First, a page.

Old school is the new cool

The Cool Kids are two Chicago hip-hop MCs look­ing back to a time of gold chains, fat laces, su­per­fly sneak­ers, Run DMC and Eric B & Rakim. They may owe their suc­cess to work­ing the mu­sic in­dus­try like it’s 2008, but they’re ready to party like it’s 1988,

The Irish Times - Friday - The Ticket - - Music -

THE COOL Kids are here to get all Marty McFly on your ass. They are two su­per­fly MCs sta­tioned in the Windy City who be­lieve that hip-hop’s best days were in the past – and they want to go back to those hal­cyon days.

Back to a time of gold chains, pagers, block par­ties, Run DMC, fat laces, su­per­fly sneak­ers, BMX bikes and Eric B & Rakim. Back to those days be­fore gangsta rap, Kanye West and Fiddy. Back to when hiphop was much more in­no­cent than what it has be­come in 2008.

Justin Tim­ber­lake may want to bring sexy back, but the Cool Kids, they want to bring 1988 back. They’re the new school of the old school.

The duo who rhyme that they are “the new black ver­sion of the Beastie Boys” are Mikey Rocks (AKA An­toine Reed) and Chuck (Evan Inger­soll). They have a sim­ple blue­print when it comes to mak­ing peo­ple holler with ex­cite­ment.

They rap over heavy­weight, lowslung bass bumpers not heard since EPMD were in their prime. Hell, th­ese beats even sound a lit­tle like EPMD, yet the Cool Kids were not even born when this style was in full flow the first time around.

Mikey says his par­ents are one rea­son why he is so in thrall to that golden era of sucker MCs. “I grew up on this stuff,” says Mikey. “As soon as I was born, I was hear­ing hip-hop. My par­ents never said ‘You can’t lis­ten to that!’ They would put in any­thing when I was lit­tle. They would play tapes in the car or in the house, and I heard it and I liked it. Luck­ily, they had good taste in mu­sic so I grew up lis­ten­ing to the good stuff.”

It made sense that Mikey would even­tu­ally want to make his own tunes. He started rap­ping when he was eight years of age, be­fore try­ing his hand at pro­duc­ing beats. “About two or three years ago, when I was 16 or so, I started mess­ing around at home with beats and got hooked right away. I had been writ­ing rhymes for a while, but I just wasn’t feel­ing rap mu­sic at the time, so I put that on the shelf and just got crazy into mak­ing beats.”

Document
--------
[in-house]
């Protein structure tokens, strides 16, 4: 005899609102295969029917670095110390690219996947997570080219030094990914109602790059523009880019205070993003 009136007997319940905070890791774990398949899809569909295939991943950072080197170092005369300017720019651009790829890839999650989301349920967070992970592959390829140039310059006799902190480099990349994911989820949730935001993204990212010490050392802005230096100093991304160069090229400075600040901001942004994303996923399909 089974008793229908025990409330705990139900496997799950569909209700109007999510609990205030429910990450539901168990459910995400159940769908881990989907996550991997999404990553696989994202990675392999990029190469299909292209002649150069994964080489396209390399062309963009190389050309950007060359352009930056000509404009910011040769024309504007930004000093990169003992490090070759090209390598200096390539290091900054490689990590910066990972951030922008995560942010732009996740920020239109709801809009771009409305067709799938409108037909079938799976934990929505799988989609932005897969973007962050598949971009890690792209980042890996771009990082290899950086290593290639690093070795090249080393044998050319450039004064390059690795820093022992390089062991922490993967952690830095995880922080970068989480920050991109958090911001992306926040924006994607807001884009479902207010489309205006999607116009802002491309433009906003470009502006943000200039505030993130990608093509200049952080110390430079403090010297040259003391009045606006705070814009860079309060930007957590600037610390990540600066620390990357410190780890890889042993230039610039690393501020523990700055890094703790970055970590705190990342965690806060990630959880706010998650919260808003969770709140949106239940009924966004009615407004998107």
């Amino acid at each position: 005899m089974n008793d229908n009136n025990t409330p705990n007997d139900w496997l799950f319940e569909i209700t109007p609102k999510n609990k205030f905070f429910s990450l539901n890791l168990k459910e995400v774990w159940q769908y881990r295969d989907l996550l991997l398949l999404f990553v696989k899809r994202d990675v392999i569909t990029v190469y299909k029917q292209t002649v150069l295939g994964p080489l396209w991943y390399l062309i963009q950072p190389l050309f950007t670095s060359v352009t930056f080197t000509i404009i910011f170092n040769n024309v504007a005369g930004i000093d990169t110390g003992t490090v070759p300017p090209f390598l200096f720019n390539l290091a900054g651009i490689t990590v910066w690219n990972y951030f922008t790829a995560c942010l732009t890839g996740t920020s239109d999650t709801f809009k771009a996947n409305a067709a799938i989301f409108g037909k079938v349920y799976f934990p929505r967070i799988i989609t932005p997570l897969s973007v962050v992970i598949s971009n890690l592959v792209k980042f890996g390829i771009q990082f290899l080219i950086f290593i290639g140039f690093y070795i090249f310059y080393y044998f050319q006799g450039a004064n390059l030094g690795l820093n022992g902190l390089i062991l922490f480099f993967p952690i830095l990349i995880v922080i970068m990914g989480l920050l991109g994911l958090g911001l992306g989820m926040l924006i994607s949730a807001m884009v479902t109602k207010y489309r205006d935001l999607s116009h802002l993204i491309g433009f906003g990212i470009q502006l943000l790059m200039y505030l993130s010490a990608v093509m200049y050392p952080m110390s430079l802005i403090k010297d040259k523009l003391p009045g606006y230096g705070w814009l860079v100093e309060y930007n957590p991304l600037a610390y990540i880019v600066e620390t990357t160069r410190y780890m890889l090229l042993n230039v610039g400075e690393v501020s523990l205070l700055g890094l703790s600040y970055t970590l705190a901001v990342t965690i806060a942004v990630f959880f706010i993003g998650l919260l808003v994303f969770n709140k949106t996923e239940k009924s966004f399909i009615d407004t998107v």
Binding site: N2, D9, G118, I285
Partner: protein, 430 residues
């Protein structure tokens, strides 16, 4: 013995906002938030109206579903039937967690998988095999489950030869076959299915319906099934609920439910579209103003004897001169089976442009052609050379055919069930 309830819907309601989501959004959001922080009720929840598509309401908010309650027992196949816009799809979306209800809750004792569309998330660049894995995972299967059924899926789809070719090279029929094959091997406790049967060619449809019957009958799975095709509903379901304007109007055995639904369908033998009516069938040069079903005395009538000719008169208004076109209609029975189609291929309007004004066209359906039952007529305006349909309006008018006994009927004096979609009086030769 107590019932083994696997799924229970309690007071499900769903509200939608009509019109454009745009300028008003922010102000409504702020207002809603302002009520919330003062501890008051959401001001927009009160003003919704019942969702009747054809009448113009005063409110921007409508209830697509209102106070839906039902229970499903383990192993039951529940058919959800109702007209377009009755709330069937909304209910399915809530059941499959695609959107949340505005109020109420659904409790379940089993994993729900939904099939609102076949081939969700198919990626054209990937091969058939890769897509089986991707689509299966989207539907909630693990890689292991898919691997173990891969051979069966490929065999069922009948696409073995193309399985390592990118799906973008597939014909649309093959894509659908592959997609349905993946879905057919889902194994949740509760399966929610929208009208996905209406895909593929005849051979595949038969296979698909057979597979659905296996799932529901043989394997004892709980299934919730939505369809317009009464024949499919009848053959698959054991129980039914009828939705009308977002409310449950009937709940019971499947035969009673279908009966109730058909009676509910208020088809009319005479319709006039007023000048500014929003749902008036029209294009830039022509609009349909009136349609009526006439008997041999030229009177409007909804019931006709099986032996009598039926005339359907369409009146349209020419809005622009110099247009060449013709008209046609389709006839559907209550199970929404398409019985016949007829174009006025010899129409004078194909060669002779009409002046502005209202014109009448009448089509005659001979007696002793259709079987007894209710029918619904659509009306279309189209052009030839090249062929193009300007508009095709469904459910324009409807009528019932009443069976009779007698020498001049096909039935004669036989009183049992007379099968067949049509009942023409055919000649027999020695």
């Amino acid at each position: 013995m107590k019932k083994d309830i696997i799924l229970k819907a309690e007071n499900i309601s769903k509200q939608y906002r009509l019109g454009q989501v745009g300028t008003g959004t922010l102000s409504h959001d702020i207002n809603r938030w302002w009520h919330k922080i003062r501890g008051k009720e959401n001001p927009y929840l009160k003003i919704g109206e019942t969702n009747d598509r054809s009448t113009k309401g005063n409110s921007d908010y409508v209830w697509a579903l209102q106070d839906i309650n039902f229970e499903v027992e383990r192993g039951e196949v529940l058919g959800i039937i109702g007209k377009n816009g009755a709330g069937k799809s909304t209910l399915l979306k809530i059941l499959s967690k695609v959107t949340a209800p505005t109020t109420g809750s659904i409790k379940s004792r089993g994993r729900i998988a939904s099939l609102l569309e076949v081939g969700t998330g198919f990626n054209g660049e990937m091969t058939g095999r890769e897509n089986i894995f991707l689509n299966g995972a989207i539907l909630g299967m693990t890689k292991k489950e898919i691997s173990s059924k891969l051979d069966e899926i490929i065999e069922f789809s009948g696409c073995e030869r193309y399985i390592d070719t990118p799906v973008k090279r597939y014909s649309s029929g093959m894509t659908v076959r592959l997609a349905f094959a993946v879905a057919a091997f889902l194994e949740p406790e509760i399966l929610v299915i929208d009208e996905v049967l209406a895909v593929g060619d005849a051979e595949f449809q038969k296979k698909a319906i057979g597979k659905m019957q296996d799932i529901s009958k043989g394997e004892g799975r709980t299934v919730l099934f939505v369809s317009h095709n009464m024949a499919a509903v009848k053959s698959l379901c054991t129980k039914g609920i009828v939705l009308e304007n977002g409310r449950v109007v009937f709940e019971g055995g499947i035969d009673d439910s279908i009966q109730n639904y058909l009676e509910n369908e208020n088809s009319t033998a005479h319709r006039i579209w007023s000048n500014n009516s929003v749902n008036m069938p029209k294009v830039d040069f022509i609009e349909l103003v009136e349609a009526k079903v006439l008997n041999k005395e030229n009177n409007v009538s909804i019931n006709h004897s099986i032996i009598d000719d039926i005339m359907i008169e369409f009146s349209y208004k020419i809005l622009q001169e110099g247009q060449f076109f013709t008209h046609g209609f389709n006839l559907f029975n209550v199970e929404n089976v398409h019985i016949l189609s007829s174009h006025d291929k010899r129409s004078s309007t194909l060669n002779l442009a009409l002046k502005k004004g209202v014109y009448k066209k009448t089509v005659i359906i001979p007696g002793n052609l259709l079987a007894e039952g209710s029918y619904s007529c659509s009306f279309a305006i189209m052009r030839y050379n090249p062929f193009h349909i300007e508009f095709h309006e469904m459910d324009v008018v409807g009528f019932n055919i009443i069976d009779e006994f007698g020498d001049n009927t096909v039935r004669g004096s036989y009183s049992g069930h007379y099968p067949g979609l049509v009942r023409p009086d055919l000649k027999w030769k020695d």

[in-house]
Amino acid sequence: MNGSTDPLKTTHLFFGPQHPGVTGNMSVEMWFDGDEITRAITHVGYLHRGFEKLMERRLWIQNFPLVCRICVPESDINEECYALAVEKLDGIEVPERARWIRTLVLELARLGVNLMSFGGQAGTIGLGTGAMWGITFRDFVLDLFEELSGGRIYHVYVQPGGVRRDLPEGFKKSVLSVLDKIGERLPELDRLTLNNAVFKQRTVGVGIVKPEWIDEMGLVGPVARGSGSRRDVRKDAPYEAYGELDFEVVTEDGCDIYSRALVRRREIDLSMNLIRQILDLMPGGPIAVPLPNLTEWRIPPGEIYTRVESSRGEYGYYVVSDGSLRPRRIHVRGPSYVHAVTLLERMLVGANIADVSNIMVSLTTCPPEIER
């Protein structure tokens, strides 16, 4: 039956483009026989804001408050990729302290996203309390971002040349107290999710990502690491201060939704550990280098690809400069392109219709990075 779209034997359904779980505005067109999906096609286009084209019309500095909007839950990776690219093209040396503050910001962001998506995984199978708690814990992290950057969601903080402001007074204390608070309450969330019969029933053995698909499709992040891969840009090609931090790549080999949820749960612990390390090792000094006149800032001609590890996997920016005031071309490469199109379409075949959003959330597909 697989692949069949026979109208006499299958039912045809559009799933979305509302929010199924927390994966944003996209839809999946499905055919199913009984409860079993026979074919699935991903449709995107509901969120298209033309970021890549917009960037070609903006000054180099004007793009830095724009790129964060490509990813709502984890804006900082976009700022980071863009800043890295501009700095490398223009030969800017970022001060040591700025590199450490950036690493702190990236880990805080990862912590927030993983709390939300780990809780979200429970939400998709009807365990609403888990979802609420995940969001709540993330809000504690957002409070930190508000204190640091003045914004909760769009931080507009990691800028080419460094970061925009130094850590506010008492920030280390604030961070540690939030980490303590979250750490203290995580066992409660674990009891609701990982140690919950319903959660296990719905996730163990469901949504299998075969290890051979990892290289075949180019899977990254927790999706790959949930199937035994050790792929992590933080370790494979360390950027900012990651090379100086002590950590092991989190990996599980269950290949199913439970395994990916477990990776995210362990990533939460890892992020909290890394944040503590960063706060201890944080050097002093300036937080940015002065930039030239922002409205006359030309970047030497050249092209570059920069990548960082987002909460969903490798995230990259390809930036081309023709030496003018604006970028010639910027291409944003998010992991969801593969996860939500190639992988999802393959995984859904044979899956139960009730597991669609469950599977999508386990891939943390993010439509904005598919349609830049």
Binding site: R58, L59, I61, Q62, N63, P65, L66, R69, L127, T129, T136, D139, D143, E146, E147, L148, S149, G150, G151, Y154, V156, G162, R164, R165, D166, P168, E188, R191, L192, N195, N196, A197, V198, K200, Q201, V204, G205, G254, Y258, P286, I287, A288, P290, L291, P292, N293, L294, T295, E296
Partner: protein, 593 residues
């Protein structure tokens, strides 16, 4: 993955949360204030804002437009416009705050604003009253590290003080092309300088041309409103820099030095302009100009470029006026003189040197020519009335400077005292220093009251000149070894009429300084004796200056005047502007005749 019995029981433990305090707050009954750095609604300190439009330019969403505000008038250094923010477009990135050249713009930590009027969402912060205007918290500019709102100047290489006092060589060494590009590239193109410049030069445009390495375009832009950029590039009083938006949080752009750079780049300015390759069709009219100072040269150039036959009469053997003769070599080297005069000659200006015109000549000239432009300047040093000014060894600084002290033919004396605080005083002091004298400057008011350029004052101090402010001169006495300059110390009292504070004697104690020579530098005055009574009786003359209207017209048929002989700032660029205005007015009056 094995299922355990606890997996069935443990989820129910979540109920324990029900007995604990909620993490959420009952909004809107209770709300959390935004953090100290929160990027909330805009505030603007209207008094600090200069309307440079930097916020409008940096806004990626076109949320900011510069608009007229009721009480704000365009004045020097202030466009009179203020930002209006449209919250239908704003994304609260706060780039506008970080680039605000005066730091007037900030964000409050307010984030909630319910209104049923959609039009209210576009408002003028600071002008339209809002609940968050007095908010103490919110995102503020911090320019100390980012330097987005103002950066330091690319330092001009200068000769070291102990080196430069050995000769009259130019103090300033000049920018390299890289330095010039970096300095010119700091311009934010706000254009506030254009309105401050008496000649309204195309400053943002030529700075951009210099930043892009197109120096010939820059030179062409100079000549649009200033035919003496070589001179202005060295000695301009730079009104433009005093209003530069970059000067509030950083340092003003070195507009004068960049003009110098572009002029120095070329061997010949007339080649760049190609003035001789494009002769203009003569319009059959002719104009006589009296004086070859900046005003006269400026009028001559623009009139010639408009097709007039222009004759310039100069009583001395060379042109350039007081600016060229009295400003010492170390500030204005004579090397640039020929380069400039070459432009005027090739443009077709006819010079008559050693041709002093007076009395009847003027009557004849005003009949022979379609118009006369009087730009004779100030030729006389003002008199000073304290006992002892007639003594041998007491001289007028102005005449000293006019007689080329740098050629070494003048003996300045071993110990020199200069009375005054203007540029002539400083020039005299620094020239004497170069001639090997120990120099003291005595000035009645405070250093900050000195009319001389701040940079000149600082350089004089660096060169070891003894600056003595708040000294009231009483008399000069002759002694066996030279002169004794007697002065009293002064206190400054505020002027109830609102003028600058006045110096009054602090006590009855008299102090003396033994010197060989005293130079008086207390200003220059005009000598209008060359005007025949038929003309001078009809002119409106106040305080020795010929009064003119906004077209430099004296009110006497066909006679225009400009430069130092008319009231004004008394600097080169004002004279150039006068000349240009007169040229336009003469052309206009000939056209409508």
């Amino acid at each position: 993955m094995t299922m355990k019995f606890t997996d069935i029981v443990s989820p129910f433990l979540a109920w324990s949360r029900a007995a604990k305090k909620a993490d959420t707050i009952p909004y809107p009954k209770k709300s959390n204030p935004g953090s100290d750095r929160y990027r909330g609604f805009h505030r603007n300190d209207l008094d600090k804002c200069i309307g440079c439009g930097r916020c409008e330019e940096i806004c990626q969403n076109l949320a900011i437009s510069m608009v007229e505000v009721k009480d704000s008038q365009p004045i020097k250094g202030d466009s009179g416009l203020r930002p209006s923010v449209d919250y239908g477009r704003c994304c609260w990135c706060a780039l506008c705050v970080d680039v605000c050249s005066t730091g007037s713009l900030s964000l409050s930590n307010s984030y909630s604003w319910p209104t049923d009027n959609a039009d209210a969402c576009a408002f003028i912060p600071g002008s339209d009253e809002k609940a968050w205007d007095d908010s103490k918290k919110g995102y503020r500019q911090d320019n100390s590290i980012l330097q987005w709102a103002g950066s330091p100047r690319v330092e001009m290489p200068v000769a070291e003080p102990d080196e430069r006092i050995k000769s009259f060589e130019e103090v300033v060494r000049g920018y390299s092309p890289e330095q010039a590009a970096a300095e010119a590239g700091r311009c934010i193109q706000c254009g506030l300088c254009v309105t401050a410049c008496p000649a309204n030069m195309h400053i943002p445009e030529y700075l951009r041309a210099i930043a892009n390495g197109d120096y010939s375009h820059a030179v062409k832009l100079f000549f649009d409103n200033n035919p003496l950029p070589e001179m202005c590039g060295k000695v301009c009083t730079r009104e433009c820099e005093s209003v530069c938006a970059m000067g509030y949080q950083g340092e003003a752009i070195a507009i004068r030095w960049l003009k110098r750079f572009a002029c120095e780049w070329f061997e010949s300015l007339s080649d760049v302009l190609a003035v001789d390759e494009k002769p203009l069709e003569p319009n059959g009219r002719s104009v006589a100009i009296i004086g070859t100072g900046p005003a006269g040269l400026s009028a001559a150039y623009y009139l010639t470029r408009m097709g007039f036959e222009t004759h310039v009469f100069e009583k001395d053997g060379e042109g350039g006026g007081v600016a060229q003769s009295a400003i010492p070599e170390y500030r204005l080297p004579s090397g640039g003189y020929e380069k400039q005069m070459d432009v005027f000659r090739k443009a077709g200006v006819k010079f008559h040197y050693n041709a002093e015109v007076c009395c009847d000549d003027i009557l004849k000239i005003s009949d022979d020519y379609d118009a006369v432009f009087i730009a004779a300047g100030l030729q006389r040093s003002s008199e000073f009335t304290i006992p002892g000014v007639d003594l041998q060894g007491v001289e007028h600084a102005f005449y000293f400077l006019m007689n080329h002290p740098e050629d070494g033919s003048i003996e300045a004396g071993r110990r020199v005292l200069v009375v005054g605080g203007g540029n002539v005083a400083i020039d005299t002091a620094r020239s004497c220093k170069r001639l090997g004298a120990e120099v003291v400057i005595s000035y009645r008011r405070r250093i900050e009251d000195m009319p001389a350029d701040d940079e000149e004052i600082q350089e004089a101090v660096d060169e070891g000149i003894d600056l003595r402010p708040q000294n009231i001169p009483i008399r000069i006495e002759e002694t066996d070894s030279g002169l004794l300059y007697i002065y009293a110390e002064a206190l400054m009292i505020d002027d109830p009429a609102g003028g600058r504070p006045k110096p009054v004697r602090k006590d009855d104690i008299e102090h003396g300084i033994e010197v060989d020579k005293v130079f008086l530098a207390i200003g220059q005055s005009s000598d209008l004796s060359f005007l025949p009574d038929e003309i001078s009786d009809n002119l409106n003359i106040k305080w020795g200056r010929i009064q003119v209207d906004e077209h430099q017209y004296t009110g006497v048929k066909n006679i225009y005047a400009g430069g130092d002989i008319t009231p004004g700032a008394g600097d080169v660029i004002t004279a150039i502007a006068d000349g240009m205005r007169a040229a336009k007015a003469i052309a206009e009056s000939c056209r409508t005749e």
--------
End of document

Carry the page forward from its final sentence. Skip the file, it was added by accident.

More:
This led him to Chuck, who had a beat on his MyS­pace page which Mikey was in­ter­ested in us­ing. The pair met up, found that they had a lot in com­mon and de­cided to work to­gether.

It has turned out to be a strong part­ner­ship. “There’s two dif­fer­ent perspectives with us,” ex­plains Mikey. “We don’t rap the same way or think the same way or even look at things the same way. But it’s the dif­fer­ences which make it all work. We’re both do­ing ex­actly what we need to do. We have re­spect for

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each other but what we do has to work for The Cool Kids too.”

When it came to cut­ting tracks, Mikey and Chuck didn’t have far to look for in­spi­ra­tion. “Of course, I can’t deny it, we def­i­nitely take some of the el­e­ments of old school hip-hop where peo­ple used to have fun and party,” says Mikey. “But we also take el­e­ments from other types of mu­sic as well.

“I’m not a big fan of re­do­ing some­thing that’s al­ready been done just be­cause it was suc­cess­ful back then.”

Since their first tracks be­gan to ap­pear on­line, the re­sponse has been over­whelm­ingly pos­i­tive. The hip-hop, indie and pop com­mu­ni­ties have all found some­thing about the duo to cham­pion, and word about them has quickly spread.

The pair have con­ducted a bit of a mas­ter­class in how to har­ness MyS­pace, blogs and on­line tools to get your tracks and name out there.

“The in­ter­net is so pow­er­ful that you can pretty much run a whole cam­paign for a band with it,” says Mikey. “There was also a lot of word of mouth about us, but the ac­ces­si­bil­ity of the in­ter­net which al­lows peo­ple to dis­cover new mu­sic was our big­gest ally. We don’t need ra­dio to break our records –MyS­pace has be­come that ra­dio show. We don’t need la­bels ei­ther to get off the ground be­cause the in­ter­net has elim­i­nated the need for that mid­dle­man.”

Yet the duo also re­alise that you some­times need help to keep the show on the road. They have signed a deal with XL to re­lease the new The Bake Sale EP, and they’ll prob­a­bly do some­thing sim­i­lar for the album When Fish Ride Bi­cy­cles, due to drop later in the year.

Mikey is fully aware that they could eas­ily have be­come just an­other on­line here-to­day-gone-to­mor- row phe­nom­e­non. “It could have hap­pened, for sure,” he says. “We could have been seen as a gim­mick, or we could have taken ad­van­tage of some of the of­fers to do re­ally wack cor­po­rate stuff which came our way.

“But if we did that, our au­di­ence would have gone away from us and dissed us for giv­ing up our in­tegrity like that.

“To be hon­est, though, we’re past the stage where we’re just some fad. I think that if we were a gim­mick, we would have been found out. I think a gim­mick has a cou­ple months be­fore peo­ple work it out. We’ve paid our dues, we’re stick­ing around.”

Back to the fu­ture: Mikey Rocks and Chuck of Cool Kids

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